Our audit focused on whether the department managed the program to allow employers to hire foreign workers on a temporary basis to fill labour shortages only when qualified Canadians were not available. The audit also focused on whether the department ensured that employers complied with program requirements. In addition, we assessed how well the department implemented the reforms that the federal government announced in June 2014.
Overall, the reforms introduced in 2014 contributed to a reduction in the number of temporary foreign workers. However, the department's implementation of these reforms did not ensure that employers hired temporary foreign workers only as a last resort.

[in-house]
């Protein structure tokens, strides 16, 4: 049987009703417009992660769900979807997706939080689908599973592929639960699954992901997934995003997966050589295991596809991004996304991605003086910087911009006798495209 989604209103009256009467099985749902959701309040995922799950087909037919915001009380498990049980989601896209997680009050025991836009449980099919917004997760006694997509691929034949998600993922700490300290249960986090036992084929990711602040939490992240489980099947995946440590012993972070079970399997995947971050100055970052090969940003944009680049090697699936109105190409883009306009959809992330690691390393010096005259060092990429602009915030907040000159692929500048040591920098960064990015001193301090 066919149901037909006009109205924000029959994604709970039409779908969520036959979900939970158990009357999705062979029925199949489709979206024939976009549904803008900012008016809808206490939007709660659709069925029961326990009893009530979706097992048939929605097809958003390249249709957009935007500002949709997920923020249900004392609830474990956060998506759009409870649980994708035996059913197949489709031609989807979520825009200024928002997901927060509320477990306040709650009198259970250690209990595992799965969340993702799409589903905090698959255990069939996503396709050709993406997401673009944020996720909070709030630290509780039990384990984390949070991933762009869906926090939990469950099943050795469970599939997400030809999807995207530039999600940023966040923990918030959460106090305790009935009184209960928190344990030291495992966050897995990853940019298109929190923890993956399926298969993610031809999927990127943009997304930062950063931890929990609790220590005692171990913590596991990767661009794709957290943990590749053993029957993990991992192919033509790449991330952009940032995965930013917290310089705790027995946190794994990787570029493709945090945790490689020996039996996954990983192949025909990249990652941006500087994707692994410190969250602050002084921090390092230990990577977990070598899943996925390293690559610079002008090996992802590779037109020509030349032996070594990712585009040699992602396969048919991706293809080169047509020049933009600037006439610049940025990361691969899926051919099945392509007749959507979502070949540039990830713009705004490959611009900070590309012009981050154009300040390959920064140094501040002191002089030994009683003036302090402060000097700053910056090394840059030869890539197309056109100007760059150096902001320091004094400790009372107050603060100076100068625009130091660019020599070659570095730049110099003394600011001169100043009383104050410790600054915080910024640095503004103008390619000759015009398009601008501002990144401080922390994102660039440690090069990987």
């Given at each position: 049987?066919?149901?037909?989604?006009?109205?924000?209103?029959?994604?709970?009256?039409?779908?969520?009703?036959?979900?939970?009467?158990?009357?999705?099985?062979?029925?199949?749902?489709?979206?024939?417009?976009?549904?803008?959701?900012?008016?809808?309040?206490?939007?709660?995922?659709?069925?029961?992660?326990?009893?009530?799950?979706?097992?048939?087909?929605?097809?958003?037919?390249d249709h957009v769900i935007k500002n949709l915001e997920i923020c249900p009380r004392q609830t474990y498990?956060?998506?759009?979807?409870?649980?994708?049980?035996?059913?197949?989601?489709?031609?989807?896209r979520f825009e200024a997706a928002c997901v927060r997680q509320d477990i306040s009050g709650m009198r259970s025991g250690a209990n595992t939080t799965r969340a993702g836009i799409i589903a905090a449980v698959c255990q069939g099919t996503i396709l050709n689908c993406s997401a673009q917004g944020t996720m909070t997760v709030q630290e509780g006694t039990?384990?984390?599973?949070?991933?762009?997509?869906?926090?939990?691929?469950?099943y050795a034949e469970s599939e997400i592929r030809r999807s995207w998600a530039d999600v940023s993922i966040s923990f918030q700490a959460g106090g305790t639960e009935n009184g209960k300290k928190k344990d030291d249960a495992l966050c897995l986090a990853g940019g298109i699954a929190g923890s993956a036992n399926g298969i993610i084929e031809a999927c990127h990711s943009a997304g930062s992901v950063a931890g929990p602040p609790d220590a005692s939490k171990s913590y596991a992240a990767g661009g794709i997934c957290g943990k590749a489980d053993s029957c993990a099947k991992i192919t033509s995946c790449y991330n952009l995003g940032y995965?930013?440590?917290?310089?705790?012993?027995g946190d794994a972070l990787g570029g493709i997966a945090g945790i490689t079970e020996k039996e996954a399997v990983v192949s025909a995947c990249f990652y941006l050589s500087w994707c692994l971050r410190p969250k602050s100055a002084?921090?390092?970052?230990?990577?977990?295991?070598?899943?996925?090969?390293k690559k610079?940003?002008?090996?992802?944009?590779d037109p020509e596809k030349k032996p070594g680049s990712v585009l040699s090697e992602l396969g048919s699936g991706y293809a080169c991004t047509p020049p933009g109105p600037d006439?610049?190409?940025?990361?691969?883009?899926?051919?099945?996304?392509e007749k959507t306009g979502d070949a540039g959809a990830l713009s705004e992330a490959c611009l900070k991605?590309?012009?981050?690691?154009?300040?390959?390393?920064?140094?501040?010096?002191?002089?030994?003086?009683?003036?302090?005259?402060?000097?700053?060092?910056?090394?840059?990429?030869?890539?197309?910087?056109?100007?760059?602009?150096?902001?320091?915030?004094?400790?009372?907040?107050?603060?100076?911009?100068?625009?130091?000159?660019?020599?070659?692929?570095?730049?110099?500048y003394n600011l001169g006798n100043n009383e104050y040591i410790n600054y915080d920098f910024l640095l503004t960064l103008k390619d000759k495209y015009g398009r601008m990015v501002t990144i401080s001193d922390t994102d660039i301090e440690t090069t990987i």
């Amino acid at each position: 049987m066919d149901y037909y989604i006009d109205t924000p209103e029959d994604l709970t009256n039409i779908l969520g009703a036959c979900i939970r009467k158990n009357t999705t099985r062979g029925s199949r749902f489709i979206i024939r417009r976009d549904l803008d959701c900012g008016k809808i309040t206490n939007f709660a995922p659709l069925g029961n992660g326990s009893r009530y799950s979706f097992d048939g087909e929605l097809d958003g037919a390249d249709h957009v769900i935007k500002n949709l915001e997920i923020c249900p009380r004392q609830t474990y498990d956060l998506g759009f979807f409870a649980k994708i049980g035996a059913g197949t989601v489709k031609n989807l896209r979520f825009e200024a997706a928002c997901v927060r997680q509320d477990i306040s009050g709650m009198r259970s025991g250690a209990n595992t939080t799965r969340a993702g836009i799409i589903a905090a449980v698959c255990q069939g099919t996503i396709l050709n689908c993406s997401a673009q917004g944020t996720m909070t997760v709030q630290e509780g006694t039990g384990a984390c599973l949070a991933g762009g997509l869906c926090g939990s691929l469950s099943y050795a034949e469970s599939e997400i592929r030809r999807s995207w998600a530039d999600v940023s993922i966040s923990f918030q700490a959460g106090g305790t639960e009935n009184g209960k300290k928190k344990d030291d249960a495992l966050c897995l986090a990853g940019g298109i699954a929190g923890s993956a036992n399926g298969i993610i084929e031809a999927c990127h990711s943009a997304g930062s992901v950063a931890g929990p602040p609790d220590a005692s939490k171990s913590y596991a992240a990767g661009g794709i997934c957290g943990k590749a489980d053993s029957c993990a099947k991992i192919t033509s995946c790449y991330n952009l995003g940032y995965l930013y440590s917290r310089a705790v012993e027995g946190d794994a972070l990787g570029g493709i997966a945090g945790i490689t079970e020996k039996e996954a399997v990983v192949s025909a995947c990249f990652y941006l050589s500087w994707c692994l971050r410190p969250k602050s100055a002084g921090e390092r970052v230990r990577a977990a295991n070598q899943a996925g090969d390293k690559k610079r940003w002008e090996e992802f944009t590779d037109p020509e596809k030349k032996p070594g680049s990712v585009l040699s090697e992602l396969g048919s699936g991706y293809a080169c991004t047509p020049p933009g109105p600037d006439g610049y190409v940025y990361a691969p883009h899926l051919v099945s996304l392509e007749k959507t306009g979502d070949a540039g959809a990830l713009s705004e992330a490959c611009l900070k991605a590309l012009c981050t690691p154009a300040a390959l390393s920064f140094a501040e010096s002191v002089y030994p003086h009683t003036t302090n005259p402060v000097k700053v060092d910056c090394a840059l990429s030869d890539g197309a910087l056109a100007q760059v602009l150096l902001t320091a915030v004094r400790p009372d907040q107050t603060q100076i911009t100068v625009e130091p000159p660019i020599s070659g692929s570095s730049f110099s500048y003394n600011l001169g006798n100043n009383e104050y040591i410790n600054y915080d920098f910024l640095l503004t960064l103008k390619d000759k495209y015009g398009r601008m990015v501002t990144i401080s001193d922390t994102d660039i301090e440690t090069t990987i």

For example, in many cases, the department just took the word of employers that they couldn't find Canadian staff. The department also didn't consider sufficient labour market information to determine whether Canadians could fill jobs. We found cases in certain sectors, primarily caregivers and processing plants for fish and seafood, in which the department should have better questioned whether temporary foreign workers were filling real labour shortages. In particular, there were indications that unemployed Canadians who last worked in a fish and seafood processing plant may have been available for work.